Telangana To Test India’s First Smartphone-Based E-Voting System On 20 October
The Telangana state government has said that it is ready to conduct a dummy election in the Khammam district to test India's first smartphone-based e-voting system.
The voters can register themselves via the smartphone-based application between 8-18 October, and the mock voting is to be placed on 20 October.
There is no doubt that the coronavirus pandemic has caused worldwide devastation, affecting millions of people around the globe. But the pandemic has also pushed the world into all-digital operations and considering that the Telangana said it has created India's first smartphone-based e-voting solution.
In a news release on 6 October, the state government said that it was ready to conduct a dummy election in the Khammam district to test the e-voting system.
As per the reports, the voters can register themselves via the smartphone-based application between 8 and 18 October, and the mock voting is to be placed on 20 October. The dry run is accessible for all inhabitants of the district.
The Telangana State Election Commission (TSEC) is implementing the system with the help of the state government's IT Electronics and Communications (ITE&C) department's emerging technologies wing and the Centre for Development of Advanced Computing's (CDAC) technical development wing. Additionally, Prof Rajat Moona, director of IIT Bhilai and technical advisor to ECI, as well as professors from IIT Bombay and IIT Delhi, led an expert committee that directed the technical development.
According to The Indian Express, a note explained the process saying: “The solution leverages Artificial Intelligence for a three-factor authentication of valid voter viz. Name Matching with Aadhaar, Liveness Detection of Individual, and Image Matching with EPIC Database (with up to 15~20-year-old records).”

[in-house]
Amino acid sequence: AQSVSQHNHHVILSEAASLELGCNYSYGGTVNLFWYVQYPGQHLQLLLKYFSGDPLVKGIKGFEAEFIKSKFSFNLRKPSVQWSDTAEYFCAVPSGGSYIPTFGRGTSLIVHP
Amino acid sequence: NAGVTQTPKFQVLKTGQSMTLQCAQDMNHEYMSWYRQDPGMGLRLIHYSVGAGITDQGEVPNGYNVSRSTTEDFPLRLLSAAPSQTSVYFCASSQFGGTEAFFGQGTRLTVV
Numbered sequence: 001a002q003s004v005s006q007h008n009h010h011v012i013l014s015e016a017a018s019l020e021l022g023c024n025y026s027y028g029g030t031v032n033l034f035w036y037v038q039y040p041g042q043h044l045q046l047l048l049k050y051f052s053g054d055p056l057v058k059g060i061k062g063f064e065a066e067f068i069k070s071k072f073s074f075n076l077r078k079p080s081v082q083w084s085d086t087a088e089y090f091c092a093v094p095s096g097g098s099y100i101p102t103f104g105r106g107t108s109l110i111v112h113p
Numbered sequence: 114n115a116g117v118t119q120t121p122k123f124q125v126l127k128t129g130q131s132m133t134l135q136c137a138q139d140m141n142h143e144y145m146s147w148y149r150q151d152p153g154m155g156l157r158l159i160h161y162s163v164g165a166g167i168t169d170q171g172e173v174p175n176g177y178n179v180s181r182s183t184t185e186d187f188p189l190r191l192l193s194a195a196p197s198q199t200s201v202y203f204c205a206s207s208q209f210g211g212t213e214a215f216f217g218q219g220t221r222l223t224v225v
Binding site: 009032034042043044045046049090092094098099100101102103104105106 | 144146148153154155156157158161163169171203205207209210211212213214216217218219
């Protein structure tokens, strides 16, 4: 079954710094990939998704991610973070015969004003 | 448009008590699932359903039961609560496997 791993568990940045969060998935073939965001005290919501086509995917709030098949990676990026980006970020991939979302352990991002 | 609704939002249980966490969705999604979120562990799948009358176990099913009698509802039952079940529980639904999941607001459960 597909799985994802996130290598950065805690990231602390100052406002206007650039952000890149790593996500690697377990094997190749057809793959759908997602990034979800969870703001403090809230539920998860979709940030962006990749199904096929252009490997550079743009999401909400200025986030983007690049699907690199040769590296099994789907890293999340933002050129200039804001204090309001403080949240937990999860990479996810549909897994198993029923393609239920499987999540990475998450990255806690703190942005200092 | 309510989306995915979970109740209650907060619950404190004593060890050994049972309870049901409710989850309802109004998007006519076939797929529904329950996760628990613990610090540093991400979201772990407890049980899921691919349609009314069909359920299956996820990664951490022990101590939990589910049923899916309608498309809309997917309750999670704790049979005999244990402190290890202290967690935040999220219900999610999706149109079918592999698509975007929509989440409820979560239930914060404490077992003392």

It was also said that the “de-identified and encrypted votes” were secured using blockchain (Distributed Ledger) technology, which ensures that they are kept as “immutable records”. Additionally, the note added: “The smartphone application follows a minimalist design approach and supports both English and Telugu, and also has a detailed help section with tutorial videos and helpline number to aid the citizens.”
As reported, the 'TSEC eVote' Android app, which will be used for the dry run, is described as a security-hardened mobile application that binds a device ID and phone number to a specific citizen registration process, ensuring that only the same device can be used during voting, while also increasing safety by design.
However, the entire process can be watched and managed by the administrator via a web interface, and the generation/access of results is further safeguarded by a physical security token-based decryption requirement. Furthermore, as an extra security measure, the entire data will be kept in state data centres (SDCs).
The project grew out of the State Election Commission's proposal to provide e-voting to a select group of voters, including PWDs, Senior Citizens, citizens working in recognised vital services, ill persons, polling workers, and IT professionals, among others.
Artificial intelligence and blockchain, according to Jayesh Ranjan, who is the principal secretary (ITE&C department), are two of the most flexible new technologies that already fuel many of Telangana's GovTech projects.
Ranjan said: “We are glad to have supported Telangana State Election Commission in this initiative of building an eVoting solution for our citizens and especially those that may face challenges with physical voting with or without Covid-19 pandemic. The support and confidence of the election commission in such technologies is a testament to India’s growing strength in the field.”
Telangana has tested the use of facial recognition software in polls, despite expert and political party AIMIM criticisms of invasion of privacy and monitoring. The technology, which purportedly prevents the potential of impersonation by fake voters, was tested in 2020 during municipal elections in Kompally municipality in Medchal-Malkajgiri district and the subsequent Greater Hyderabad Municipal Corporation elections.
In this technique of authenticating voters with facial recognition, an additional polling officer was equipped with a smartphone to verify voters’ identity evidence before taking a photo and uploading it to the server using the phone's face recognition programme. The image is then compared to data held by the Election Commission.
However, amid fears that images of voters might be utilised for surveillance, the State Election Commissioner guaranteed that the photos would be wiped from the memory of the phone used in the polling station as well as the Telangana State Technology Services' (TSTS) server.
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